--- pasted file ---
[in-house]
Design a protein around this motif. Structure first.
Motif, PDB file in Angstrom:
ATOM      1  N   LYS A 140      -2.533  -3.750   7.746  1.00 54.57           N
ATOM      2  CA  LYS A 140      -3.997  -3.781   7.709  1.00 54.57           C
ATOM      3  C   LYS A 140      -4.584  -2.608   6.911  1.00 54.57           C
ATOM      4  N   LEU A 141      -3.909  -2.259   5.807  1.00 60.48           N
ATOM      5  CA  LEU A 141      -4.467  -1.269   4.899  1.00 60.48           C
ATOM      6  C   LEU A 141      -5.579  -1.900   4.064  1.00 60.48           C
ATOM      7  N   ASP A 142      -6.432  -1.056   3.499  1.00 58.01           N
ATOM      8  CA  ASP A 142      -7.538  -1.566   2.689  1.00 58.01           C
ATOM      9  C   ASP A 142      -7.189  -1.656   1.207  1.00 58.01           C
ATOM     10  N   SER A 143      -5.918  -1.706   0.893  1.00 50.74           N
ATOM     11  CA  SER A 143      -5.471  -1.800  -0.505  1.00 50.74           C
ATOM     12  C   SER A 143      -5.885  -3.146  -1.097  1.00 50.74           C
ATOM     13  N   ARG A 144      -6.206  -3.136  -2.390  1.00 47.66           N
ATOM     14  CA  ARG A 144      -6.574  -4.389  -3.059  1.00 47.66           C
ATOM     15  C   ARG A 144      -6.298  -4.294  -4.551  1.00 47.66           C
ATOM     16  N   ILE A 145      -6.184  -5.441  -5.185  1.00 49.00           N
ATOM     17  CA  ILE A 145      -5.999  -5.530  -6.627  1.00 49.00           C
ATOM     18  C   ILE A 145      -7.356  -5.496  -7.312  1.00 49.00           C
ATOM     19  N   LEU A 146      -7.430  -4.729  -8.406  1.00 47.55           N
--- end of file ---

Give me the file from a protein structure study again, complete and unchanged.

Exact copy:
[in-house]
Design a protein around this motif. Structure first.
Motif, PDB file in Angstrom:
ATOM      1  N   LYS A 140      -2.533  -3.750   7.746  1.00 54.57           N
ATOM      2  CA  LYS A 140      -3.997  -3.781   7.709  1.00 54.57           C
ATOM      3  C   LYS A 140      -4.584  -2.608   6.911  1.00 54.57           C
ATOM      4  N   LEU A 141      -3.909  -2.259   5.807  1.00 60.48           N
ATOM      5  CA  LEU A 141      -4.467  -1.269   4.899  1.00 60.48           C
ATOM      6  C   LEU A 141      -5.579  -1.900   4.064  1.00 60.48           C
ATOM      7  N   ASP A 142      -6.432  -1.056   3.499  1.00 58.01           N
ATOM      8  CA  ASP A 142      -7.538  -1.566   2.689  1.00 58.01           C
ATOM      9  C   ASP A 142      -7.189  -1.656   1.207  1.00 58.01           C
ATOM     10  N   SER A 143      -5.918  -1.706   0.893  1.00 50.74           N
ATOM     11  CA  SER A 143      -5.471  -1.800  -0.505  1.00 50.74           C
ATOM     12  C   SER A 143      -5.885  -3.146  -1.097  1.00 50.74           C
ATOM     13  N   ARG A 144      -6.206  -3.136  -2.390  1.00 47.66           N
ATOM     14  CA  ARG A 144      -6.574  -4.389  -3.059  1.00 47.66           C
ATOM     15  C   ARG A 144      -6.298  -4.294  -4.551  1.00 47.66           C
ATOM     16  N   ILE A 145      -6.184  -5.441  -5.185  1.00 49.00           N
ATOM     17  CA  ILE A 145      -5.999  -5.530  -6.627  1.00 49.00           C
ATOM     18  C   ILE A 145      -7.356  -5.496  -7.312  1.00 49.00           C
ATOM     19  N   LEU A 146      -7.430  -4.729  -8.406  1.00 47.55           N